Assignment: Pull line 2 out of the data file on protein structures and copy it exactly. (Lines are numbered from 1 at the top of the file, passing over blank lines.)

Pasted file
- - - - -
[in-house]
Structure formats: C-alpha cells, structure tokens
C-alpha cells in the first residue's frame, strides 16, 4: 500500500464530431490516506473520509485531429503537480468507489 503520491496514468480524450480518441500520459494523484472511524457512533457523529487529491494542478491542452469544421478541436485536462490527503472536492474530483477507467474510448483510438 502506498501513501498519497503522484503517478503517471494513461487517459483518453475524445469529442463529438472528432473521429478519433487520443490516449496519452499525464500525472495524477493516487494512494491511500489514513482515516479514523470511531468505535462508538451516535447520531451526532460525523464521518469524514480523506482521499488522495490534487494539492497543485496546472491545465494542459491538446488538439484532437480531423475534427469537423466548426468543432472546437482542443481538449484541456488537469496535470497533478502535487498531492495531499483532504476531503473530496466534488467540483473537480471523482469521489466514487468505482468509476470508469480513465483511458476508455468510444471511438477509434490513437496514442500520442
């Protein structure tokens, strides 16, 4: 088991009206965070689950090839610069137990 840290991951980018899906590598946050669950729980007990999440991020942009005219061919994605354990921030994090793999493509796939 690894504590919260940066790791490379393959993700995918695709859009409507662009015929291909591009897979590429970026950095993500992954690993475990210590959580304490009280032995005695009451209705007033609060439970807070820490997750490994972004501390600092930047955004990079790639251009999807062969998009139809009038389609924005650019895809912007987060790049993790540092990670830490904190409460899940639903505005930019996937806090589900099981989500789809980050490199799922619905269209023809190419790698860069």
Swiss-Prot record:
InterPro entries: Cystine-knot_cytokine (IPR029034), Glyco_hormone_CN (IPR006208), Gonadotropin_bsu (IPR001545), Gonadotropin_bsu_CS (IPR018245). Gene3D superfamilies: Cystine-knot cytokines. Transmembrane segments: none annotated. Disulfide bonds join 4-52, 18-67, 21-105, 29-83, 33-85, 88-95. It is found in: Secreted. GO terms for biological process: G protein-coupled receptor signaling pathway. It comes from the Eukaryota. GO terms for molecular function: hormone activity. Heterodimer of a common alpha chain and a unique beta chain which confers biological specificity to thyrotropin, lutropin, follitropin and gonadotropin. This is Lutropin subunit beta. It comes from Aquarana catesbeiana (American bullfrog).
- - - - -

Structure formats: C-alpha cells, structure tokens